Why members of the Analysis Function should use the Learning Curriculum
The Government Analysis Function (AF) has around 17,000 members working across the Civil Service. Established in 2018, the AF brings together analysts of all disciplines by facilitating cross-government and cross-profession collaboration on the highest priority analytical issues.
As a function we want to support you in all aspects of your career and development. Our vision is to have the right people in the right place at the right time, with the right skills to deliver better analysis for better delivery.
To do this, we want to provide you with learning and development opportunities to help you meet your potential, ensuring the delivery of a robust, relevant and future-proof analytical learning offer.
Why use the AF Learning Curriculum?
The AF Learning Curriculum is a one-stop-shop for learning, setting out the best and most relevant learning and development opportunities available to you as a government analyst.
The Technical section of the AF Learning Curriculum is the most comprehensive analytical learning offer for all government analysts. It consists of best practices that all government analysts need to know and includes the latest tools, programming languages and RAP (Reproducible Analytical Pipelines) techniques, in addition to:
- Data analysis techniques with all the assumptions, limitations and quality issues that accompany methods and data, including Big Data and Data Science techniques
- Data Visualisation theory and applications
- Methodological topics
- Ways of communicating the analysis and findings to avoid misinterpretation.
Last year, the AF learning team delivered more than 5,000 learning events across government to more than 1,600 learners. Respondents to our surveys said overwhelmingly that they would recommend our learning with more than 90% reporting our learning met their personal objectives.
Sayma Uddin, Office for National Statistics (ONS) commented that “As someone who’s avoided any type of programming before joining the ONS, I decided it would be a huge benefit to try it out and gain some skills. This course made it incredibly easy and accessible and despite no prior knowledge the course went incredibly smooth. My newfound interest of programming and code is a testament to the friendly and supportive trainers and the organised structure of the course.”
Charlie Wills, Head of Statistical Transformation, Home Office Analysis and Insight added, “We’ve been able to use your courses to support the L&D of our analysts while ensuring their learning is consistent with others across government.”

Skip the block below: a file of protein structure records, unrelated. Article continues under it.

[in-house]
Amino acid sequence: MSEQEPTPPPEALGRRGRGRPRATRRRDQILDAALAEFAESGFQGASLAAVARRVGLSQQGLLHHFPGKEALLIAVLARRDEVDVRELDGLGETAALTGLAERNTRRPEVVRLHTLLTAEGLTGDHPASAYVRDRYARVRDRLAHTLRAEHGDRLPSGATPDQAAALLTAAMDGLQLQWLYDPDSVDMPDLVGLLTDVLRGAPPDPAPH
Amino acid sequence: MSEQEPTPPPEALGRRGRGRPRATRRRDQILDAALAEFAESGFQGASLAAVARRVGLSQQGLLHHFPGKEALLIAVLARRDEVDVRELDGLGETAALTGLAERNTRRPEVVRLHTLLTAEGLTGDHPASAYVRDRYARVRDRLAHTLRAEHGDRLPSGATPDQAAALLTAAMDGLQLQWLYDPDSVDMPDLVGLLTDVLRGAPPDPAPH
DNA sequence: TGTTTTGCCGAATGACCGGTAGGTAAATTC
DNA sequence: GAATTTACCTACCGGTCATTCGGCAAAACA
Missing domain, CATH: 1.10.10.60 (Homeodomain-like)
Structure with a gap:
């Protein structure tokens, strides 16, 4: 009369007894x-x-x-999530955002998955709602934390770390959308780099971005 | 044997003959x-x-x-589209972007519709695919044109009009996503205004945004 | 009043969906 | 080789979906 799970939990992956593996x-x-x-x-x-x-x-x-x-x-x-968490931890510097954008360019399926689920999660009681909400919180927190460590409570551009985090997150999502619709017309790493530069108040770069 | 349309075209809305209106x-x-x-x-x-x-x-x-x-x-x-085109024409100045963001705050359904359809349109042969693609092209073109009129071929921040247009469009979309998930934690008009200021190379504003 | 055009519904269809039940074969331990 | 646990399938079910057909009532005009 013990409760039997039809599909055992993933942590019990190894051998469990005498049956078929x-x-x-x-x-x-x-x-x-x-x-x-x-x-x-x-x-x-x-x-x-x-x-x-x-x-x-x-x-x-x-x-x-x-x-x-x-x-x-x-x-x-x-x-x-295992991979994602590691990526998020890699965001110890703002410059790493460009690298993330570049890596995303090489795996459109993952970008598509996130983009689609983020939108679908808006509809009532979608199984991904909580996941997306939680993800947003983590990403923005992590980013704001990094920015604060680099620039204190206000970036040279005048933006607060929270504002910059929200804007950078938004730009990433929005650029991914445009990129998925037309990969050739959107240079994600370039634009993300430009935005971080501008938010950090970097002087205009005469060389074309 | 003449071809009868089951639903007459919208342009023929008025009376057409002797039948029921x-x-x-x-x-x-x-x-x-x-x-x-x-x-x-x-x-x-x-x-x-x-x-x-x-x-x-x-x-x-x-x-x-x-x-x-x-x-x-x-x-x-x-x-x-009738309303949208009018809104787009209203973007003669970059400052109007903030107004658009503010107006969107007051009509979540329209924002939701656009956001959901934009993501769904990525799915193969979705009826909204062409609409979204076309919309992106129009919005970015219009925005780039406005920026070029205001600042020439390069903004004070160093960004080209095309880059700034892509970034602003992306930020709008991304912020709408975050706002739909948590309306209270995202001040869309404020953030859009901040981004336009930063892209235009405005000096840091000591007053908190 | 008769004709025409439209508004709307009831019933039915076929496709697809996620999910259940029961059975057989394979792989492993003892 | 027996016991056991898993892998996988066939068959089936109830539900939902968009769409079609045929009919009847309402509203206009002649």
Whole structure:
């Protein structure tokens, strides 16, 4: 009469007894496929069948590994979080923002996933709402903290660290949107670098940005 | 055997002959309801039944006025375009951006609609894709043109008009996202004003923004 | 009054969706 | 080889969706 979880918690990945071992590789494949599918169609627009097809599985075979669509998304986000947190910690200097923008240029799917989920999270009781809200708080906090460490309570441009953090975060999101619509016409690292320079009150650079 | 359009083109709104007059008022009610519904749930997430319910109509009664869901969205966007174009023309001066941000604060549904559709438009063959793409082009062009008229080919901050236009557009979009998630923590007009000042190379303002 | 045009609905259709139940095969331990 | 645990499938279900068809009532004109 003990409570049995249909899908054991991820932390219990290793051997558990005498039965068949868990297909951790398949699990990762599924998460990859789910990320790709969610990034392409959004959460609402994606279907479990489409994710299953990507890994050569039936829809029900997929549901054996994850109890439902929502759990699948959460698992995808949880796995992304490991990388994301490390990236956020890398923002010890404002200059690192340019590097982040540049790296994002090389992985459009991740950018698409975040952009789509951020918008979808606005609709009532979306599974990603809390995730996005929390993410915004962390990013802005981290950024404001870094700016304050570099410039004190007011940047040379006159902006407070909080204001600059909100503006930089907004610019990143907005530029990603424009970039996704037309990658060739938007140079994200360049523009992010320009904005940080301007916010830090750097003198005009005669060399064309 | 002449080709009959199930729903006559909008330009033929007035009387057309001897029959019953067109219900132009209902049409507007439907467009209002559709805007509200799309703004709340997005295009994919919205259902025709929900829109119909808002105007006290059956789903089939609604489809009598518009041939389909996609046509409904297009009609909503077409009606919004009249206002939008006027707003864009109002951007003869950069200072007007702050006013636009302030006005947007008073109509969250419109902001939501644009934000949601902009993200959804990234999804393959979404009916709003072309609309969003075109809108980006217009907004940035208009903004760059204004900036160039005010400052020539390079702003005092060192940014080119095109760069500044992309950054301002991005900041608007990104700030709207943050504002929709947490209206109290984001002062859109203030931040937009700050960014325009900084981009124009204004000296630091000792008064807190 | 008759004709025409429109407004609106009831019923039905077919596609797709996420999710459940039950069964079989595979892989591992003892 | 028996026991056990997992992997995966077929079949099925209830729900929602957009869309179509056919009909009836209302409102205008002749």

Whilst ‘Introduction to R and Python’ remain the most popular courses, the offer has been expanded to include the Reproducible Analytical Pipeline (RAP) learning pathway, as recommended by the Office for Statistics Regulation in their recently published report about RAP.
Dr Penny Babb, Head of Policy & Standards, Office for Statistics Regulation gave this feedback “I have really appreciated working closely with the team, helping us develop our Code of Practice guidance – it has been invaluable, and I’m very excited about the opportunities for supporting professional development through the Learning Hub.”
What comes next?
To best support you and other government analysts we will:
- Work in partnership with the Government Skills and Curriculum Unit, to develop analytical capability across Government
- Further invest in our Online Skills Tool to help you identify skills gaps, improve learning, and support development and career progression or lateral moves within the Function.
- Future-proofing our learning.
- Develop specialised learning pathways (including current and future topics such as RAP, Data Visualisation, Natural Language Processing and Machine Learning).
- Provide additional learning (for example on Data Linkage, Specialised Data Handling/Cleaning Topics, Bayesian Methods, Hypothesis Testing, Sampling and Weighting and Time-Series).
- Develop more and better ways for learners to feel supported in developing their capability
Why does this matter?
Technology has transformed our lives and the way the government (and hence government analysts) operate. We now have large amounts of data to use to improve our society and economy, and more opportunities to inform our decisions using evidence from data and insights.
At the same time, data being handled badly could harm our society, people, and the economy. We are using data and evidence to inform our decisions, but this comes with a risk as we cannot afford to misinterpret data or miscommunicate its findings in any way. We cannot afford to lose the public trust.
We need to ensure that our work as government analysts is of the highest standards when we collect, clean, and analyse data, as well as when we interpret and communicate results with decision-makers.
- Our work needs to be reproducible, transparent, and quality assured
- Our methodologies need to be the most robust and relevant to the data we are handling
- Our data needs to be the right data to answer the right questions
- Our communication needs to include all the assumptions, limitations and findings, and where these are valid within a true and relevant framework.
To do this, our people need to have the right skills, and the Analysis Function is committed to providing the development opportunities to support all analysts across government.